At school- why don’t you have to change with the rest of the kids?

So you decide to get a medical note exempting your child from locker room communal changing environments. Someone asks you about it. You freeze, thinking what do I say??? This isn’t necessary. Relax because you have right on your side. Begin by asking yourself who is asking, and what their intentions are. Most often we don’t know why they bring things up so why not just ask them?

‘Why do you ask?’

Most people will back down if they know that their question is inappropriate and walk off muttering something under their breaths. If they don’t, and keep up the asking, just stand firm: For example: Imagine the person is just nosy. You ask them 'why do you ask?' They say, 'it's not fair that your child can get out of the locker room when all the others have to do it.' you reply: 'Really?' is that why you are asking? Are you seriously asking me to justify something that the school sanctions? If it was unfair, the school would not agree.' By responding this way you take it away from your child and put the discussion on them. And you are making it a ‘school’ problem. Redirect!!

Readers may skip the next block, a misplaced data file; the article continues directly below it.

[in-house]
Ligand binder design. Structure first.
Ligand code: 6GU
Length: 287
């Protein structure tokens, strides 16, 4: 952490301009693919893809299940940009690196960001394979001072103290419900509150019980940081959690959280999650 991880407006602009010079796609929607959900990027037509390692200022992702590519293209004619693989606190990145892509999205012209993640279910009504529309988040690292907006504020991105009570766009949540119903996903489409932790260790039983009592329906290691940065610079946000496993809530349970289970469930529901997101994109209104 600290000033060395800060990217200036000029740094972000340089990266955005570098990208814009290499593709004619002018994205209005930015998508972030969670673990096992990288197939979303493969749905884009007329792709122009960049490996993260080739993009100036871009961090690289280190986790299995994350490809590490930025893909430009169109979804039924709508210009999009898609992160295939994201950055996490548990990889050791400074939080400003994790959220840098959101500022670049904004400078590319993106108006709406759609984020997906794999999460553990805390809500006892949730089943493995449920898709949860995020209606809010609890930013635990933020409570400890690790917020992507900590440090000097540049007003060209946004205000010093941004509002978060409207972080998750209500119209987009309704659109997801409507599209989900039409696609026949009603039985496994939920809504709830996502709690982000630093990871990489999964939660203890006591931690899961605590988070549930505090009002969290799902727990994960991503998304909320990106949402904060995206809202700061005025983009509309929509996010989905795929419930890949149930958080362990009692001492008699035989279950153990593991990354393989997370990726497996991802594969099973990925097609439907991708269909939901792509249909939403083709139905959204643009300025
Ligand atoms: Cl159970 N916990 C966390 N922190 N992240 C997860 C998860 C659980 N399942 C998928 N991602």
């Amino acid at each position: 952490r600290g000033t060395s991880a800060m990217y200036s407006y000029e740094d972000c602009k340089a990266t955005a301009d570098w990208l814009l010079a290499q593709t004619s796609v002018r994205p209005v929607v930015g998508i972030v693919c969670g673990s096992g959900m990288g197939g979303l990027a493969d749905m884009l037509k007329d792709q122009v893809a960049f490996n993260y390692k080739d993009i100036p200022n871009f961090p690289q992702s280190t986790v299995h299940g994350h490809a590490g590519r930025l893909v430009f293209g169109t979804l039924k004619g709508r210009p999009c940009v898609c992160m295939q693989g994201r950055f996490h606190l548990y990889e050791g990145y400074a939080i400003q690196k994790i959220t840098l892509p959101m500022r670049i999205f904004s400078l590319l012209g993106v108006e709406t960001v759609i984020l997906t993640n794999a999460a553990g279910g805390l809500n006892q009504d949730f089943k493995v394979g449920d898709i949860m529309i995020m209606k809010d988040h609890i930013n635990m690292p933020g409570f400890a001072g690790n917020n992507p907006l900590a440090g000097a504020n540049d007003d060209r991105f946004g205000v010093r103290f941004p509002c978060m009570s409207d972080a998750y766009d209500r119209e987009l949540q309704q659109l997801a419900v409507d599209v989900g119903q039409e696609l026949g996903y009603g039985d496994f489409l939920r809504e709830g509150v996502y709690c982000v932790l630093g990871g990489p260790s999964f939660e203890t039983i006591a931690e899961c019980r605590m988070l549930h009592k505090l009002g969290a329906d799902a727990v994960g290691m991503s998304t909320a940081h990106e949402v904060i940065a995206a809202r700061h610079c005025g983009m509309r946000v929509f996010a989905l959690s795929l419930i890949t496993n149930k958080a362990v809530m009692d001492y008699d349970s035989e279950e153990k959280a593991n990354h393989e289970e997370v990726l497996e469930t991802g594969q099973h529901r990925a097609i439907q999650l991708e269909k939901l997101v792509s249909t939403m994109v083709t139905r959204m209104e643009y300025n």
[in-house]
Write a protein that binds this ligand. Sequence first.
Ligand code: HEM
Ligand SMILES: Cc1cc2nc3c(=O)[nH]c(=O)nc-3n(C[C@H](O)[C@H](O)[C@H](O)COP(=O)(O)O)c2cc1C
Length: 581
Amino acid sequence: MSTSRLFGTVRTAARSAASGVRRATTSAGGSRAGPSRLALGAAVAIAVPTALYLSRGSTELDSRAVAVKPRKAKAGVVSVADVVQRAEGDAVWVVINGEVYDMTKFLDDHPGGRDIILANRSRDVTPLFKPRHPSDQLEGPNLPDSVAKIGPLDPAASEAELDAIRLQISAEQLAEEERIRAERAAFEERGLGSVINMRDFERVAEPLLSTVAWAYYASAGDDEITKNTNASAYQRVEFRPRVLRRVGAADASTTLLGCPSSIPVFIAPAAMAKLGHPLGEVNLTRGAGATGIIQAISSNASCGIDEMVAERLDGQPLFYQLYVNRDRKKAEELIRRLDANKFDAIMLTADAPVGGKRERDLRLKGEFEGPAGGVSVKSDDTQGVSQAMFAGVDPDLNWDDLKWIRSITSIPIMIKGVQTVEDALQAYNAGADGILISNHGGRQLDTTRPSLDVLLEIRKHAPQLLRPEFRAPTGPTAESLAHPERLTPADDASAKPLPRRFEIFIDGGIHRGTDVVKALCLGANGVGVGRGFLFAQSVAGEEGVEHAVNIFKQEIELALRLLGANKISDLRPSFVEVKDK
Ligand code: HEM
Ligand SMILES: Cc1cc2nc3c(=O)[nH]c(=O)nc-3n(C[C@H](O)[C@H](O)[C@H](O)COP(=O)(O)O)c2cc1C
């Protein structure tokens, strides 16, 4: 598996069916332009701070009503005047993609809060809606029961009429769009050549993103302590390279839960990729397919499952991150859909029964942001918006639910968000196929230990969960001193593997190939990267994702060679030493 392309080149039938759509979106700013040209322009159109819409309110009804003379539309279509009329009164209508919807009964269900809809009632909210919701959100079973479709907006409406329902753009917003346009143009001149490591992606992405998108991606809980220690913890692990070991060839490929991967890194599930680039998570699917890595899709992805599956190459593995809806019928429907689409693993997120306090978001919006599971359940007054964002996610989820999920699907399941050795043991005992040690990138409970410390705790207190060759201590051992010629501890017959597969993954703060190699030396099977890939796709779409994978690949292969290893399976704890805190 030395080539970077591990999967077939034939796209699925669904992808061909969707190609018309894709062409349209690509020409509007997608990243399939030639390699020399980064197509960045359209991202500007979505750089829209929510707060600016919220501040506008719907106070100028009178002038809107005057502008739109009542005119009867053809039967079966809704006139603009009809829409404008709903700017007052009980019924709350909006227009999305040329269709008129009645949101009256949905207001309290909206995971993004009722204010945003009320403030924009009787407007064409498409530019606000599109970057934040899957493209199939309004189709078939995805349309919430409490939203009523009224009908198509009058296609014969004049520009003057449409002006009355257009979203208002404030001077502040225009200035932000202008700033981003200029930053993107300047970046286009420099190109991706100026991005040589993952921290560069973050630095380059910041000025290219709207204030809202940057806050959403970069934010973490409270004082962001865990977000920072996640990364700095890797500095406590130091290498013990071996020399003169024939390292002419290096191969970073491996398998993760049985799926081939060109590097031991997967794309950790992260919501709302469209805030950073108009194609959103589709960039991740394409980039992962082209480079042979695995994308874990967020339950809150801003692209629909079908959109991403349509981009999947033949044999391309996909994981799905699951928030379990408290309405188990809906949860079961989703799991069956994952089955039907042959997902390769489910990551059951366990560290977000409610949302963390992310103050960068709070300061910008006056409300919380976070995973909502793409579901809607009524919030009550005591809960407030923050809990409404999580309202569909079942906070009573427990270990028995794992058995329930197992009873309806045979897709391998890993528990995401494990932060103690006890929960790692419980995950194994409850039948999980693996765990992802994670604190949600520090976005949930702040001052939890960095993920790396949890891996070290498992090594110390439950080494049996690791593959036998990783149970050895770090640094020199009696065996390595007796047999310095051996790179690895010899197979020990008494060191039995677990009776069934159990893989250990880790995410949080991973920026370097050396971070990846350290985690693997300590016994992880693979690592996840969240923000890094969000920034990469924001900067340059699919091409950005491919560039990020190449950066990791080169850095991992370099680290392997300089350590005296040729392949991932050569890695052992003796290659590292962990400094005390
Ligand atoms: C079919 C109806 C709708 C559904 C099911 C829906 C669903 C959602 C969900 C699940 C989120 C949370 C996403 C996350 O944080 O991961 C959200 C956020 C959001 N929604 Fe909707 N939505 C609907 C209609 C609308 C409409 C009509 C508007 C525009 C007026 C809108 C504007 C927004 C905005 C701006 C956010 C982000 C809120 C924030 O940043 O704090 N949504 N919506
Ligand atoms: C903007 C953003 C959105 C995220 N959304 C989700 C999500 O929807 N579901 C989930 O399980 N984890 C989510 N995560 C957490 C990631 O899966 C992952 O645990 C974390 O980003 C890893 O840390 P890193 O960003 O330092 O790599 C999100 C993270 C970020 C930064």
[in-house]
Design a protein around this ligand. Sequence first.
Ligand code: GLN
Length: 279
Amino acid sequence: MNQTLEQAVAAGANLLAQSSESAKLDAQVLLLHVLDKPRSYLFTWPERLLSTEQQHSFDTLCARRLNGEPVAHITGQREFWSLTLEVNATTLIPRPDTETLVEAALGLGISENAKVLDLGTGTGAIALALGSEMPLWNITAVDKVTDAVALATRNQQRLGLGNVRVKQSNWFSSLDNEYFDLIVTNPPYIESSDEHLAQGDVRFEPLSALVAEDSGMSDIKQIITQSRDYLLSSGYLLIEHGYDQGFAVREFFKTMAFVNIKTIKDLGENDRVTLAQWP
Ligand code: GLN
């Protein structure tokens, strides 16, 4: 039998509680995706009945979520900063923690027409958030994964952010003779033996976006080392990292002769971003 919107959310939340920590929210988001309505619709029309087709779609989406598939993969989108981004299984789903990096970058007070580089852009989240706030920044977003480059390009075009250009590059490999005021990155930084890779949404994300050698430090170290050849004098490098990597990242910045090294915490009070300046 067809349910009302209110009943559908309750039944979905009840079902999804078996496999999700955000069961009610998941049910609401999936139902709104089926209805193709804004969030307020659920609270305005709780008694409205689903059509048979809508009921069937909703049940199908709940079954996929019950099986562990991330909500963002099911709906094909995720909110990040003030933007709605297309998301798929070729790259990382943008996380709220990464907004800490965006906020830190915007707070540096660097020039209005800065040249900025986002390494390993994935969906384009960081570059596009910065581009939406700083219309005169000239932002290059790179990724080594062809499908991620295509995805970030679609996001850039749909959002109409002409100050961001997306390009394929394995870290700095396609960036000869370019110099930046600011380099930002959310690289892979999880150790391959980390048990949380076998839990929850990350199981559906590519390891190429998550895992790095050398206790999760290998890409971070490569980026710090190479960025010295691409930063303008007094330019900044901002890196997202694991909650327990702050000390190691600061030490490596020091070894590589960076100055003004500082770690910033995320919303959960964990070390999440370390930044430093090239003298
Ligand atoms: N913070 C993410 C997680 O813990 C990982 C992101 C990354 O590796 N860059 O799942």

A lot of times people have good reasons for asking: For example: Imagine, you have someone ask you how it is that your child doesn't have to change with all the rest of the kids. You ask them why they are asking, and they say, ‘Well, my daughter is afraid that the other kids will see her naked’. You can reply, ‘I see, we have a doctor's note for our child that exempts her from the locker room. If you think your child is traumatized enough that it warrants a doctor's note, then talk to your GP’. If the person goes on to ask what is wrong with your child. You can reply that there are medical reasons for your child, that could prove traumatizing if she needs to undress in front of others. Something as general as that is enough information. Your child could have a birthmark, a scar, burns, eczema, a third nipple, anything! NO one should quiz you on it more. And if they do, you can reply in a firm voice, 'this is my child's confidential medical information and is not mine to share.'